How to Revive Dried-out Sourdough Bread


A fresh loaf of bread right from the oven is soft, pillowy, fresh perfection. But, like many good things, it doesn’t last.

Very soon after coming out of the oven bread begins to go through a process called starch retrogradation. In the oven the dough gelatinizes at 150°F. At this point the crumb structure is formed and the starch is absorbing moisture on its way to becoming semi-firm.

But, as the loaf cools down when taken out of the oven – below the 150°F point, to be exact – the starch is no longer absorbing moisture; in fact, it is releasing it. And that is when bread begins to stale or go dry.

Baking with enriching additives such as eggs, sugar, fat, or dairy helps to slow down the starch retrogradation process, giving you a loaf that stays soft longer.

It is inevitable, though, that even the most enriched loaf will dry up. When this happens you can revive the loaf, or use it for something new. 

Reviving a Loaf for Fresh Eating

The Oven Method. Splash some water over the top of your bread, just enough to become slightly damp. Place the loaf in a 250°F oven for 5 to 10 minutes. Watch it closely and remove it when warm. Too long in the oven and you’ll get dried-out toast.

The Microwave Method. Place a damp towel around the bread and place this on a microwave-safe dish. Microwave on high for 10 seconds. Check that the loaf is warm and soft; if not, then repeat.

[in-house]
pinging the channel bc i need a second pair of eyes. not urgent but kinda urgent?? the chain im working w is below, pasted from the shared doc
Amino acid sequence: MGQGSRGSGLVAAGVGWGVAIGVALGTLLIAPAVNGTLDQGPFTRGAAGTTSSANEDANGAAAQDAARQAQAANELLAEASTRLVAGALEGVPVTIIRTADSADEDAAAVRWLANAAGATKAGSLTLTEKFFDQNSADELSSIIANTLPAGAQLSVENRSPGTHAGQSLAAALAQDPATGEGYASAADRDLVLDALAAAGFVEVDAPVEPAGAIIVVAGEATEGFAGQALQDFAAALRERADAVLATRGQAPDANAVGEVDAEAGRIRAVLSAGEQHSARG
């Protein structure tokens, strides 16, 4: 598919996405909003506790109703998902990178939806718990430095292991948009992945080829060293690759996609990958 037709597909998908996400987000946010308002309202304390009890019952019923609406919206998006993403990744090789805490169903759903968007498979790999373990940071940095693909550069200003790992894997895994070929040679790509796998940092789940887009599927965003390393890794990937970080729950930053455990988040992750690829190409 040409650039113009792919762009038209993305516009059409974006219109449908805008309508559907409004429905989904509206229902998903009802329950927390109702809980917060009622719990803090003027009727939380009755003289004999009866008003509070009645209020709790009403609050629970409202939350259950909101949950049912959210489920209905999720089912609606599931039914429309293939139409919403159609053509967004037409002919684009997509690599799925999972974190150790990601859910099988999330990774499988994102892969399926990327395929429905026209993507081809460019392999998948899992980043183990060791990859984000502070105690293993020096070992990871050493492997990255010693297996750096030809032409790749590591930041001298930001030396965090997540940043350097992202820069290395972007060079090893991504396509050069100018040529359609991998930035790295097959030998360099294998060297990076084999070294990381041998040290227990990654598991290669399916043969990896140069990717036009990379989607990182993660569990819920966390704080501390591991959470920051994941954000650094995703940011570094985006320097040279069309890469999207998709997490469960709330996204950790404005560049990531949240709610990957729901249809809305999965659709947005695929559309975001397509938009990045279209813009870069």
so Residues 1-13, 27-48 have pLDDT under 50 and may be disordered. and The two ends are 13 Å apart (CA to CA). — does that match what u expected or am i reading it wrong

Upcycle the Loaf to a New Purpose

Sometimes bread is beyond saving, or maybe it is simply better to use dry bread for a purpose where its dryness is actually beneficial. Here are a few ideas:

Bruschetta. Slice the bread thickly. Toast lightly and while it’s still warm, rub with a halved garlic clove. Drizzle with olive oil. Top with your favorite fresh salsa, salad, or condiment.

French Toast. This dish is wonderful when made with dry bread. The custard mixture is absorbed by the dry bread and cooks up into a soft, rich, sweet, and delicious breakfast treat.

Croutons. Cut bread into cubes and toss with melted butter or olive oil, garlic, salt, and fresh herbs or spices. Roast in a 425°F oven until crunchy and toasted.

So all is not lost when your loaf of sourdough bread goes dry. You can revive it for fresh eating, or use it in some delicious dishes that were born for the use of stale bread.


Ready to Learn More?








Dried Out Sourdough Bread

Related Articles & Recipes:


Related Products:

Sourdough Starters

Free eBook Library Access & Weekly Newsletter

Sign up today for free access to our entire library of easy to follow eBooks on creating cultured foods at home, including Lacto-Fermentation, Kombucha, Kefir, Yogurt, Sourdough, and Cheesemaking.
  • Library of eBooks for making your own cultured foods
  • Weekly newsletter filled with tips & tricks
  • Expert advice articles, recipes, and how-to videos
  • Join 180,000+ other health-conscious readers
  • We never share your information!
first name last name email address